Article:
Each year the Counselors of Real Estate® (CRE), an international consortium of commercial property experts, develops a “Top Ten" report including issues that will have the biggest impact on real estate in the coming year. In the most recent list, the group unsurprisingly expects the COVID-19 pandemic to have an outsized influence on real estate, both in ways known and yet unknown.
“Real estate lags the economy," says Michel Couillard, 2020 global chair of the CRE. “We expect to see a ripple effect from COVID-19 for years."
While the CRE report doesn't attempt to make predictions about the aftermath of COVID-19, it points out that the pandemic and a preference for social distancing could both increase and decrease real estate demands. Social distancing could drive a reduction in density and therefore increase demand for larger residences and suburban locations. On the other hand, because of the preference for remote work, home shopping and home entertainment, demand may decline for office and retail space.
Pandemic-related Issues of Concern
The top issues cited by the CRE are related to the pandemic: economic renewal and capital markets risk.
“Economic renewal can be both a crisis and an opportunity for real estate investors," says Couillard. “We're anticipating a W-shaped recovery with a slow rebound and a decade-long constrained economy. Investors need to be prepared for the 2020s to be a period of weak GDP in the U.S. of about 1.5% to 1.6% annual growth."
Since March, capital markets have experienced volatility. In addition, Couillard points out the last four months demonstrated how quickly debt and equity capital liquidity can stop flowing when risks and returns become difficult to evaluate. While private equity capital is available, fund managers are being cautious, waiting to see how the economy recovers and how various property sectors fare.
“Liquidity is sluggish but it's still available," says Couillard. “We'll likely see more interest in investing in multifamily and industrial real estate in 2021 and beyond, but there's still concern about loan defaults and late payments even as liquidity is returning to the market."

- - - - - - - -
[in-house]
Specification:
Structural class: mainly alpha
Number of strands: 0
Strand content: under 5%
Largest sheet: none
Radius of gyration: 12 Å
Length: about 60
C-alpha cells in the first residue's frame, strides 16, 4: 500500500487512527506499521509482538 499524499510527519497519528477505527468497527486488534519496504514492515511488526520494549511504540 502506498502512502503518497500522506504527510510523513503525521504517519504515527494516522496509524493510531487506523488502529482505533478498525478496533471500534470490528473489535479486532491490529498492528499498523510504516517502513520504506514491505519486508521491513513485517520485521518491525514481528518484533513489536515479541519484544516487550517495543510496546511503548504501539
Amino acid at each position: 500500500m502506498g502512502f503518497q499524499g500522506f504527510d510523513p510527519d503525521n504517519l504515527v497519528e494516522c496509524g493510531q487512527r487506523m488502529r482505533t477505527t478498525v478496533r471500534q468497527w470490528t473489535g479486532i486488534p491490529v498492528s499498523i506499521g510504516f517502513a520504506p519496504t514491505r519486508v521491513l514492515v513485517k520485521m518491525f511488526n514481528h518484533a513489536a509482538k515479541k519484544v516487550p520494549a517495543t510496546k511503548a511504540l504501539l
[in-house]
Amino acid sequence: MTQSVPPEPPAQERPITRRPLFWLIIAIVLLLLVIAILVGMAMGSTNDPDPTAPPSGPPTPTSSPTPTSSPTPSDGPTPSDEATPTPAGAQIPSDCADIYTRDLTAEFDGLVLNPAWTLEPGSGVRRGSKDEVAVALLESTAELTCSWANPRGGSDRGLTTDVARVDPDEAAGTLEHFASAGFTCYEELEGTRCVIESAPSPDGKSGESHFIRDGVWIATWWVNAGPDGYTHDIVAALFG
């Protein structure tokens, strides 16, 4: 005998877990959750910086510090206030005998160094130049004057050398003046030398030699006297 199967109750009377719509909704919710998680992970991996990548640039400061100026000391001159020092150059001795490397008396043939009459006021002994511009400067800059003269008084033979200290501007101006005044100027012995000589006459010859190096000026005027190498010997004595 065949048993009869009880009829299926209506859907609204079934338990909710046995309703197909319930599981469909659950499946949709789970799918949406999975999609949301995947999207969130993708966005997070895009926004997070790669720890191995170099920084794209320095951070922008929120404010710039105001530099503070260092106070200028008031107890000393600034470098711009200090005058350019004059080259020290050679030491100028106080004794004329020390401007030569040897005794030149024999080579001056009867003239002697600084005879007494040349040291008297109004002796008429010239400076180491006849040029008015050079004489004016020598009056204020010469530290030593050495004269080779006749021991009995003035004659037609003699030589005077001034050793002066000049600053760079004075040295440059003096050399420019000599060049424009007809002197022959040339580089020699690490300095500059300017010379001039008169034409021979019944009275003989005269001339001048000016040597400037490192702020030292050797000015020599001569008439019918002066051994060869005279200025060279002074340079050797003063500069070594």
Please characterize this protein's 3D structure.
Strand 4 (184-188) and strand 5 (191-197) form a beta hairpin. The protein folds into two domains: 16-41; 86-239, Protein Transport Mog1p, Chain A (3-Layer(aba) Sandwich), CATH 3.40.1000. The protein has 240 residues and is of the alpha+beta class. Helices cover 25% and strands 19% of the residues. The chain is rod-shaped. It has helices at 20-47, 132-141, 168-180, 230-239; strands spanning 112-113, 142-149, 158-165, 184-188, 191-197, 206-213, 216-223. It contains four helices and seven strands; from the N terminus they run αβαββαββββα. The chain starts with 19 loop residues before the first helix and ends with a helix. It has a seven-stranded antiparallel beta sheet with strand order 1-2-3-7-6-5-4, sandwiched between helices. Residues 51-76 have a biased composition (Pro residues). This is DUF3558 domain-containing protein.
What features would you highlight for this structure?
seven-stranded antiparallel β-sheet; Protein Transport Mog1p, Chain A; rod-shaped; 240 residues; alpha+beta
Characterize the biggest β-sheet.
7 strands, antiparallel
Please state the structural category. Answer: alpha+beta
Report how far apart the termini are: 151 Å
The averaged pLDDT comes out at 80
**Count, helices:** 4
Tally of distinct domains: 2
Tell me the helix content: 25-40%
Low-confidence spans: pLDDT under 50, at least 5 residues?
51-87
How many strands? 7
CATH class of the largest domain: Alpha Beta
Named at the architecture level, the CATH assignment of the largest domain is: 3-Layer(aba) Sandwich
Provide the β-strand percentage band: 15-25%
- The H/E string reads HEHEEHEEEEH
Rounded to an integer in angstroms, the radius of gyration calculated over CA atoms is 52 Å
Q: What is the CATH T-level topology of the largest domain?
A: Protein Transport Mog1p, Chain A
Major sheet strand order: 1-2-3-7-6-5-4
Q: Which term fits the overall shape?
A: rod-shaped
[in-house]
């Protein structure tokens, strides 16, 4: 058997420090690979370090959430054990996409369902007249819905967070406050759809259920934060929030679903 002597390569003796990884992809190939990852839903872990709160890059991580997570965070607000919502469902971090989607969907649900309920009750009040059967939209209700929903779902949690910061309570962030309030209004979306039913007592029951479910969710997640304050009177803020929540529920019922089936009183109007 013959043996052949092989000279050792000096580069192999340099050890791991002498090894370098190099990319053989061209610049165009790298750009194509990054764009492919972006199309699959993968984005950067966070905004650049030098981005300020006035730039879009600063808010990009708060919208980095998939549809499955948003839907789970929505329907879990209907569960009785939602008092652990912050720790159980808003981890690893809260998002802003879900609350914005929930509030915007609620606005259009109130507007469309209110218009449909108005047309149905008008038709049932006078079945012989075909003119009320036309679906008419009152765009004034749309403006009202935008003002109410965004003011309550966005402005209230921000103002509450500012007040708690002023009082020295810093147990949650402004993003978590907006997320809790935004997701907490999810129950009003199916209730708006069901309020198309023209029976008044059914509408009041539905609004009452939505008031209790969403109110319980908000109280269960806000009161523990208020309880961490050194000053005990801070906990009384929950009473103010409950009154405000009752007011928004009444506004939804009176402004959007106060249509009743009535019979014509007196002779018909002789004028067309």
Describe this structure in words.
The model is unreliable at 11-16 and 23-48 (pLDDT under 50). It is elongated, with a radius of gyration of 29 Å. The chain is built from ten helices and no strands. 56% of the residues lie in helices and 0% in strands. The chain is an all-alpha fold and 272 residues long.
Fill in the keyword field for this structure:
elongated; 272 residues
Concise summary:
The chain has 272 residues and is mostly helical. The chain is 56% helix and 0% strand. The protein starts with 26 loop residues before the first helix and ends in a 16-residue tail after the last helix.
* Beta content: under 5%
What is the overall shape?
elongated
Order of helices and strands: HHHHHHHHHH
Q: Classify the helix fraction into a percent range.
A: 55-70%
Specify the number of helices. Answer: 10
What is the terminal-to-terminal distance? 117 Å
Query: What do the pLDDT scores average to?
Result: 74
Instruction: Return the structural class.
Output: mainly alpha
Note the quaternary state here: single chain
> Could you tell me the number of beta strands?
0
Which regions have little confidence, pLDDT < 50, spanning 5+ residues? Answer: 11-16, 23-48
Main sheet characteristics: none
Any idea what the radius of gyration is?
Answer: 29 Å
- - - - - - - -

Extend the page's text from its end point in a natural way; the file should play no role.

Existing Issues Will Continue to Resonate
The remaining issues impacting real estate markets existed before the COVID-19 crisis. Many of these trends have been exacerbated by the pandemic and economic shutdown.
- Public and private indebtedness. Federal debt has topped $26 trillion and state government debt is $1.2 trillion, both of which are drains on savings and investment activity. “Commercial real estate is often funded by local, state or federal government support, so this may have a direct impact on CRE investing," says Couillard. “The cost of capital may rise as the huge federal debt impacts the federal balance sheet."
- Affordable housing. The lack of supply of affordable housing was one of the biggest issues facing real estate before the pandemic and is anticipated to grow as unemployment batters household incomes. The shortage of an estimated 7.2 million homes for households earning less than 30% of area median income not only hurts those households, but it also pushes up rents for market-rate apartments and drives up costs for multifamily development.
- Flow of people. Reduced immigration and migration within the U.S. due to government policies, a slower economy, and COVID-19 hurts demand for all types of commercial real estate including multifamily residences.
- Space utilization. The CRE anticipates more medium-density, mixed-use communities with walkability and integration of uses to replace older models of building. Mixing residential, office, retail and public spaces will provide connectedness for communities without compromising the need for physical distancing imposed by the pandemic. Multifamily development will by necessity be part of these types of communities.
- Technology and workflow. Smarter and safer buildings will rely on technology to mitigate risks, says Couillard. Things like contactless doors and elevators, air and water quality monitoring, and health screenings will become mandatory and expected by tenants.
- Infrastructure. The U.S. is rated D+ for infrastructure by the American Society of Civil Engineers. Underfunding infrastructure improvements can lead to failing infrastructure, which then impacts real estate values and development prospects.
- Environmental, social and governance (ESG). Addressing ESG issues is a critical component of the long-term value of real estate investments, says Couillard. Before the pandemic brought renewed attention to ESG issues, investors and other stakeholders had begun tracking ESG performance and initiatives, influenced by new ESG investment alternatives and the growing number of ESG-focused millennial investors.
Over the next decade, as investors evaluate their options, considering all the trends and potential outcomes from the COVID-19 pandemic may help guide long-term value. Even with real estate demands uncertain, investors can continue to take advantage of strategic opportunities in the meantime.